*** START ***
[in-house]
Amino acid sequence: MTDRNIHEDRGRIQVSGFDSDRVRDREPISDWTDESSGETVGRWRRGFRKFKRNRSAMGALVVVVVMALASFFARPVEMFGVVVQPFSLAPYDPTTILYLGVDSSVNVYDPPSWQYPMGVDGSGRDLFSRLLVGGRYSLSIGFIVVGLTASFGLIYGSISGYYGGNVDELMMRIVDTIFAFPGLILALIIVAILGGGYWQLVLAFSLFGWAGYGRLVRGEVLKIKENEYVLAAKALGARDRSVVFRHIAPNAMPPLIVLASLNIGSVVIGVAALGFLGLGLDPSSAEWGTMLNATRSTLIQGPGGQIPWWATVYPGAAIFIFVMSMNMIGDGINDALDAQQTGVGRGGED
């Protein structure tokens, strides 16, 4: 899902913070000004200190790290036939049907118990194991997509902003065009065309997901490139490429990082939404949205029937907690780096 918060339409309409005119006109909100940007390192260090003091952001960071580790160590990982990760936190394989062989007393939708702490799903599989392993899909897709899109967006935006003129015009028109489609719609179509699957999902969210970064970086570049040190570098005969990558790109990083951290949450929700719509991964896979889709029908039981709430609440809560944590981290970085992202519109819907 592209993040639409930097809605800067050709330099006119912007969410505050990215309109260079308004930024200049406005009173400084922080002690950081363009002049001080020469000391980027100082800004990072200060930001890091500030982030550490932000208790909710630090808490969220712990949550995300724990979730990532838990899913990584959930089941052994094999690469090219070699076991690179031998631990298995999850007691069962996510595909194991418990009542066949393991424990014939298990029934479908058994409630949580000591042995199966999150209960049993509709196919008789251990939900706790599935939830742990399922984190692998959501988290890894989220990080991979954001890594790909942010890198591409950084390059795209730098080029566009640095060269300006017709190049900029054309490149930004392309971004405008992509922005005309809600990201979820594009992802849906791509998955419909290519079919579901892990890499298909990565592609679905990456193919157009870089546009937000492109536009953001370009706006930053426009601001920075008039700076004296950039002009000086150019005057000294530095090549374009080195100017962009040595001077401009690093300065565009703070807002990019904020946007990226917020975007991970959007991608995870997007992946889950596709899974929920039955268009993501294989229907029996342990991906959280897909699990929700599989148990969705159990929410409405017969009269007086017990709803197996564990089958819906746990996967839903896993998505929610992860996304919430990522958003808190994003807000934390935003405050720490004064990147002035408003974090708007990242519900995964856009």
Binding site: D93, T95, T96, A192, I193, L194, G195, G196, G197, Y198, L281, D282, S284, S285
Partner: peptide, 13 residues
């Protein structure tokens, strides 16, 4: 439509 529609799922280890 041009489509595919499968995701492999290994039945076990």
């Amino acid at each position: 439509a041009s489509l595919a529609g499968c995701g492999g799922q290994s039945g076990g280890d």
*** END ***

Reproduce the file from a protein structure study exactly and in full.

[in-house]
Amino acid sequence: MTDRNIHEDRGRIQVSGFDSDRVRDREPISDWTDESSGETVGRWRRGFRKFKRNRSAMGALVVVVVMALASFFARPVEMFGVVVQPFSLAPYDPTTILYLGVDSSVNVYDPPSWQYPMGVDGSGRDLFSRLLVGGRYSLSIGFIVVGLTASFGLIYGSISGYYGGNVDELMMRIVDTIFAFPGLILALIIVAILGGGYWQLVLAFSLFGWAGYGRLVRGEVLKIKENEYVLAAKALGARDRSVVFRHIAPNAMPPLIVLASLNIGSVVIGVAALGFLGLGLDPSSAEWGTMLNATRSTLIQGPGGQIPWWATVYPGAAIFIFVMSMNMIGDGINDALDAQQTGVGRGGED
């Protein structure tokens, strides 16, 4: 899902913070000004200190790290036939049907118990194991997509902003065009065309997901490139490429990082939404949205029937907690780096 918060339409309409005119006109909100940007390192260090003091952001960071580790160590990982990760936190394989062989007393939708702490799903599989392993899909897709899109967006935006003129015009028109489609719609179509699957999902969210970064970086570049040190570098005969990558790109990083951290949450929700719509991964896979889709029908039981709430609440809560944590981290970085992202519109819907 592209993040639409930097809605800067050709330099006119912007969410505050990215309109260079308004930024200049406005009173400084922080002690950081363009002049001080020469000391980027100082800004990072200060930001890091500030982030550490932000208790909710630090808490969220712990949550995300724990979730990532838990899913990584959930089941052994094999690469090219070699076991690179031998631990298995999850007691069962996510595909194991418990009542066949393991424990014939298990029934479908058994409630949580000591042995199966999150209960049993509709196919008789251990939900706790599935939830742990399922984190692998959501988290890894989220990080991979954001890594790909942010890198591409950084390059795209730098080029566009640095060269300006017709190049900029054309490149930004392309971004405008992509922005005309809600990201979820594009992802849906791509998955419909290519079919579901892990890499298909990565592609679905990456193919157009870089546009937000492109536009953001370009706006930053426009601001920075008039700076004296950039002009000086150019005057000294530095090549374009080195100017962009040595001077401009690093300065565009703070807002990019904020946007990226917020975007991970959007991608995870997007992946889950596709899974929920039955268009993501294989229907029996342990991906959280897909699990929700599989148990969705159990929410409405017969009269007086017990709803197996564990089958819906746990996967839903896993998505929610992860996304919430990522958003808190994003807000934390935003405050720490004064990147002035408003974090708007990242519900995964856009």
Binding site: D93, T95, T96, A192, I193, L194, G195, G196, G197, Y198, L281, D282, S284, S285
Partner: peptide, 13 residues
């Protein structure tokens, strides 16, 4: 439509 529609799922280890 041009489509595919499968995701492999290994039945076990």
């Amino acid at each position: 439509a041009s489509l595919a529609g499968c995701g492999g799922q290994s039945g076990g280890d």